The Cover-Up of the Biggest Disaster in Music History
A vault said to contain a half-million song masters of the Universal Music Group went up in flames 11 years ago. Musicians are just now finding out about it.
A fire swept a Hollywood backlot on Sunday, June 1, 2008. As hundreds of firefighters battled the intense heat, Randy Aronson, director of vault operations for the Universal Music Group, feared that the blaze would penetrate a 2,400 square feet vault containing the original music possessed by the world’s largest music company.
Flames engulfed the vault. Aronson’s worst fears were realized.
Here is a three-minute CBS News report that was broadcast June 15, 2019, via YouTube:
In a confidential report issued to NBCUniversal (which owned the lot) and to insurance companies in 2009, UMG admitted that “an estimated 500K song titles” were lost.
However, UMG initially claimed that only 22 original masters made by five artists were lost in the blaze, according to internal memos obtained by the New York Times. Apparently, there was (and continues to be) legal wrangling over an ownership distinction between the master tape as a physical object as opposed to the sound recording content (intellectual property) contained on the master.
Numerous artists like Bryan Adams, Adam Duritz of the Counting Crows and notably Richard Carpenter, aspiring to release compilations or anniversary reissues, were puzzled when their requests for master tapes were ignored or went unfulfilled.
Arnaud de Puyfontaine, head of UMG’s parent company Vivendi, scoffed at rumors about the fire’s impact, calling industry whispers “a lot of noise.”
That noise would grow deafening: On June 11, 2019, the New York Times Magazine published a groundbreaking expose on the fire, its aftermath and consequences, opening the door on what’s being called the biggest disaster in music history.
The day after the article was published, Sheryl Crow tweeted, “…shame on those involved in the cover-up. Massive fire at UMG 11 years ago, and we’re just hearing about it now?”
What is a Song Master?
A master is an original recording from which all other subsequent recordings are derived. “Sonically, masters can be stunning in their capturing an event in time,” remarked Adam Block of Sony Music. “Every copy thereafter is a sonic step away.” Masters often contain session notes and chatter.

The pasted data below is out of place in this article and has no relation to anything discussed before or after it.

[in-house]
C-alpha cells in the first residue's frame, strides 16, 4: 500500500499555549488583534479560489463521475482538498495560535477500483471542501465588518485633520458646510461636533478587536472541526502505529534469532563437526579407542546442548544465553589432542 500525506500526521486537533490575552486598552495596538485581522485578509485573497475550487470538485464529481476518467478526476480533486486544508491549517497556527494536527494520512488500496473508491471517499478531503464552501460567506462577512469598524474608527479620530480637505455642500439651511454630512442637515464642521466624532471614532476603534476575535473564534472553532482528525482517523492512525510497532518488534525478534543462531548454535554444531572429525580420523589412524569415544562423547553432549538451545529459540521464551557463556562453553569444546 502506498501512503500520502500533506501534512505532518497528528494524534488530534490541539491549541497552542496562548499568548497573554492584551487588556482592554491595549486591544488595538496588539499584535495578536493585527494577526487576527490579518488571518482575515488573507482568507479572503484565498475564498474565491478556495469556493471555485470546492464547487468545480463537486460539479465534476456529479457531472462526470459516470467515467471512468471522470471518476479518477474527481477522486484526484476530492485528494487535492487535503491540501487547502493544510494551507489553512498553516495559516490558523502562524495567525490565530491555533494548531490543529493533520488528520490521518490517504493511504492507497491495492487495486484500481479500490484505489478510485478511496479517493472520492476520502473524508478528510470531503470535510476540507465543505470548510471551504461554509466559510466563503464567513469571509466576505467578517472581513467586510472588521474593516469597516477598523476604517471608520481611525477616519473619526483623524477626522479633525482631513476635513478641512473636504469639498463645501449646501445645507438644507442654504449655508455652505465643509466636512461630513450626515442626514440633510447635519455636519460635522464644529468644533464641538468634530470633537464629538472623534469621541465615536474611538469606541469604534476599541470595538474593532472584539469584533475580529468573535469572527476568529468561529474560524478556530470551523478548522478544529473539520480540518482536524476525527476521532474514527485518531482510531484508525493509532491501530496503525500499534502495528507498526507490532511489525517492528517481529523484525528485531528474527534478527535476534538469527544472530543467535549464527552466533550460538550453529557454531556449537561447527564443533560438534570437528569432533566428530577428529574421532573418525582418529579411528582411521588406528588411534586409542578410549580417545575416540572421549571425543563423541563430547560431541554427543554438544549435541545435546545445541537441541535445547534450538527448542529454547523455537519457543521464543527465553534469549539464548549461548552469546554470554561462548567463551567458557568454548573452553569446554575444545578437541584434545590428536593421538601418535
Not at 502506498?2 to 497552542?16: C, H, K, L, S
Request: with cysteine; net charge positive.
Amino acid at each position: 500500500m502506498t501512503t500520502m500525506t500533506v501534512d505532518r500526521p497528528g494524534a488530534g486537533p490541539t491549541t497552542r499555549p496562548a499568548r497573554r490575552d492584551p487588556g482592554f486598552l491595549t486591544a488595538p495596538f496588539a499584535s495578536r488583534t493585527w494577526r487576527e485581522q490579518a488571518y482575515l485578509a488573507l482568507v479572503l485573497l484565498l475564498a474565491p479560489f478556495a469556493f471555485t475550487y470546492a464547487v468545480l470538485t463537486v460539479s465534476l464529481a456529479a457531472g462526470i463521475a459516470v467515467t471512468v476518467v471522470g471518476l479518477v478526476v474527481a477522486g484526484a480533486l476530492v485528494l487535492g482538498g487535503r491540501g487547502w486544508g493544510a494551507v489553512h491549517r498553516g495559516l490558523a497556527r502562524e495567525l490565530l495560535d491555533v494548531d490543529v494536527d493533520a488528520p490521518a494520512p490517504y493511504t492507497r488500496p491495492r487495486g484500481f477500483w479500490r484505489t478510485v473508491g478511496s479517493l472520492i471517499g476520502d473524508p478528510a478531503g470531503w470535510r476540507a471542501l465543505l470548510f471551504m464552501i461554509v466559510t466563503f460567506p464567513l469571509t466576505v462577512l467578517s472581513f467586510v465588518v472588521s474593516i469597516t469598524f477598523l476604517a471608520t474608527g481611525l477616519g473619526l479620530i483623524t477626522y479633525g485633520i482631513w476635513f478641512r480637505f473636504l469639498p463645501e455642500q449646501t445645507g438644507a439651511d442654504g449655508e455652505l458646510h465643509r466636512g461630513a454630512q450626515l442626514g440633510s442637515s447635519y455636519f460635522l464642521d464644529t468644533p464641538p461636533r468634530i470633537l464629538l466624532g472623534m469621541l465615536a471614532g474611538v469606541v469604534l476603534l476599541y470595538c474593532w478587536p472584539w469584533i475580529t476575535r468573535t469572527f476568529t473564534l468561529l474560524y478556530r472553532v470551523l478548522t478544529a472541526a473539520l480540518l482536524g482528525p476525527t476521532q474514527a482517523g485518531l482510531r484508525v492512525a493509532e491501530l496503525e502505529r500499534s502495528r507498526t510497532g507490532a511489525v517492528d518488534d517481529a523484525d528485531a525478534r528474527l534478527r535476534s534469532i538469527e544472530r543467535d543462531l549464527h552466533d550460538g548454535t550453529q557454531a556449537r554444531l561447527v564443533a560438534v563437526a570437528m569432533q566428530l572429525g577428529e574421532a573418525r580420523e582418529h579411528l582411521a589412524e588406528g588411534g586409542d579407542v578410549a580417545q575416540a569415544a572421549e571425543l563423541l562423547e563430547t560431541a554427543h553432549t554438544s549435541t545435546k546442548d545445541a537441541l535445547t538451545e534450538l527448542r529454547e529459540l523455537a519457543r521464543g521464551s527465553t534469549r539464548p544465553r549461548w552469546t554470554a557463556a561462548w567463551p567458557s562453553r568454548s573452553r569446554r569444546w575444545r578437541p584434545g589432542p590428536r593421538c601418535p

Very simply, “a master of a recording is that recording. It is the thing itself.” Analogies abound: the difference between a painting and a photograph of that painting. Or like a chef having to use pre-cooked food.
Aside from the more recognizable contemporary artists, the fire destroyed the masters of rare blues and jazz treasures:
- Decca artists such as Louie Armstrong, Duke Ellington, Al Jolson, Bing Crosby, Ella Fitzgerald, Judy Garland and Billie Holiday.
- The Chess Records masters of Chuck Berry plus notable blues artists such as Muddy Waters, Howlin’ Wolf, Willie Dixon, John Lee Hooker and Little Walter.
- Masters of the Impulse jazz label luminaries John Coltrane, Count Basie, Dizzy Gillespie, Sonny Rollins and Charles Mingus.
- The fire destroyed all of Buddy Holly’s masters, as well as such iconic recordings as Bill Haley’s “Rock Around the Clock,” “Rocket 88,” “Louie Louie” and “People Get Ready.”
- A laundry-list of artists whose record labels had migrated to UMG prior to 2008 (Sheryl Crow included), notably A&M and Geffen.
The artists affected by the fire and UMG’s cover-up are seeking their day in court. The “class” of plaintiffs include the rock band Soundgarden, singer and guitarist Steve Earle, the estate of rapper Tupac Shakur and the former wife of Tom Petty, who’s involved in a separate dispute over Petty’s estate. Here is a short (one minute, 48 seconds) news dispatch of a class-action lawsuit by Billboard News via YouTube:
Responding to UMG’s promise to artists that its “dedicated global team” will reclaim every asset lost in the fire, Ed McPherson, attorney for one of the plaintiffs, had this to say:
Well, isn’t that great! After 11 years of assuring artists that nothing was lost in the fire, UMG is actually conducting an investigation…Perhaps this wouldn’t be such a daunting endeavor if 1) UMG had created an actual inventory of the masters they were storing, and 2) UMG had enlisted its ‘dedicated global team’ 11 years ago…Ed McPherson
Randy Aronson was let go by UMG in January 2016. No reason was given. He loves the music business but can’t seem to find traction with the few remaining record companies. “The company knew there would be shock and outrage if people found out the real story” he says. “It’s a secret I’m ashamed to be a part of.”
In September 2017 Aronson and his wife sold their house, bought a trailer and moved to the Northern California coast. He recently got a job at a non-profit that serves low-income residents.